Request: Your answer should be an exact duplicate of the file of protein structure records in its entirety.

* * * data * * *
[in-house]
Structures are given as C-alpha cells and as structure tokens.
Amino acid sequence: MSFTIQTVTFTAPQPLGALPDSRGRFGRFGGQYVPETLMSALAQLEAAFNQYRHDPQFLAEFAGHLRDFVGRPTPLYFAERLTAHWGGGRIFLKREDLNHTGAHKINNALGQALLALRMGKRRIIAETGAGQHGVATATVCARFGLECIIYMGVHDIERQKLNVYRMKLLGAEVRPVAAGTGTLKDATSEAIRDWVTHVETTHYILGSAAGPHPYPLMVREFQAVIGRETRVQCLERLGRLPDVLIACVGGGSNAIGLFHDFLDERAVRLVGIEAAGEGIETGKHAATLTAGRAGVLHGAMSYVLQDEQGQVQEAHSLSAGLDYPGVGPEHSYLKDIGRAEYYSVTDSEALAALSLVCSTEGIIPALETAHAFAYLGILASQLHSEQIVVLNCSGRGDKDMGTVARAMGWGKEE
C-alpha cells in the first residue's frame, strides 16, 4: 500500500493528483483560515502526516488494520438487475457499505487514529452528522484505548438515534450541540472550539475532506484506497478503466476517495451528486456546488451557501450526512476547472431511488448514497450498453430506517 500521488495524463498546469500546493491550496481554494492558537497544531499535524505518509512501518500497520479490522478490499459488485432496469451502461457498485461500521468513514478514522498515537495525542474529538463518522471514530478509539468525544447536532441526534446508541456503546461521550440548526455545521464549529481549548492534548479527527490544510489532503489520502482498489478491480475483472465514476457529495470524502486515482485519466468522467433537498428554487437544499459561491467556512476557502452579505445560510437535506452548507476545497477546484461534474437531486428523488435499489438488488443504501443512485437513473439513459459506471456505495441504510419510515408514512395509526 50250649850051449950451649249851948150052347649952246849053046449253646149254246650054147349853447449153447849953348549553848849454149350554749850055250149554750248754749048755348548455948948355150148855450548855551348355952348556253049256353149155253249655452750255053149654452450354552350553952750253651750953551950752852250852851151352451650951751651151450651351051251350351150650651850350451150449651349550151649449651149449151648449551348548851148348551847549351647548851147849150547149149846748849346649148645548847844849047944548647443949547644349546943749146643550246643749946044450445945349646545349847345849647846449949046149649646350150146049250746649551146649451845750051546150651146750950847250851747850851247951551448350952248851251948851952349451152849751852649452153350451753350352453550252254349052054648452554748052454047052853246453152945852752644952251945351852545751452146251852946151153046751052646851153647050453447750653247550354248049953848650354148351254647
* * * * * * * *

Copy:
[in-house]
Structures are given as C-alpha cells and as structure tokens.
Amino acid sequence: MSFTIQTVTFTAPQPLGALPDSRGRFGRFGGQYVPETLMSALAQLEAAFNQYRHDPQFLAEFAGHLRDFVGRPTPLYFAERLTAHWGGGRIFLKREDLNHTGAHKINNALGQALLALRMGKRRIIAETGAGQHGVATATVCARFGLECIIYMGVHDIERQKLNVYRMKLLGAEVRPVAAGTGTLKDATSEAIRDWVTHVETTHYILGSAAGPHPYPLMVREFQAVIGRETRVQCLERLGRLPDVLIACVGGGSNAIGLFHDFLDERAVRLVGIEAAGEGIETGKHAATLTAGRAGVLHGAMSYVLQDEQGQVQEAHSLSAGLDYPGVGPEHSYLKDIGRAEYYSVTDSEALAALSLVCSTEGIIPALETAHAFAYLGILASQLHSEQIVVLNCSGRGDKDMGTVARAMGWGKEE
C-alpha cells in the first residue's frame, strides 16, 4: 500500500493528483483560515502526516488494520438487475457499505487514529452528522484505548438515534450541540472550539475532506484506497478503466476517495451528486456546488451557501450526512476547472431511488448514497450498453430506517 500521488495524463498546469500546493491550496481554494492558537497544531499535524505518509512501518500497520479490522478490499459488485432496469451502461457498485461500521468513514478514522498515537495525542474529538463518522471514530478509539468525544447536532441526534446508541456503546461521550440548526455545521464549529481549548492534548479527527490544510489532503489520502482498489478491480475483472465514476457529495470524502486515482485519466468522467433537498428554487437544499459561491467556512476557502452579505445560510437535506452548507476545497477546484461534474437531486428523488435499489438488488443504501443512485437513473439513459459506471456505495441504510419510515408514512395509526 50250649850051449950451649249851948150052347649952246849053046449253646149254246650054147349853447449153447849953348549553848849454149350554749850055250149554750248754749048755348548455948948355150148855450548855551348355952348556253049256353149155253249655452750255053149654452450354552350553952750253651750953551950752852250852851151352451650951751651151450651351051251350351150650651850350451150449651349550151649449651149449151648449551348548851148348551847549351647548851147849150547149149846748849346649148645548847844849047944548647443949547644349546943749146643550246643749946044450445945349646545349847345849647846449949046149649646350150146049250746649551146649451845750051546150651146750950847250851747850851247951551448350952248851251948851952349451152849751852649452153350451753350352453550252254349052054648452554748052454047052853246453152945852752644952251945351852545751452146251852946151153046751052646851153647050453447750653247550354248049953848650354148351254647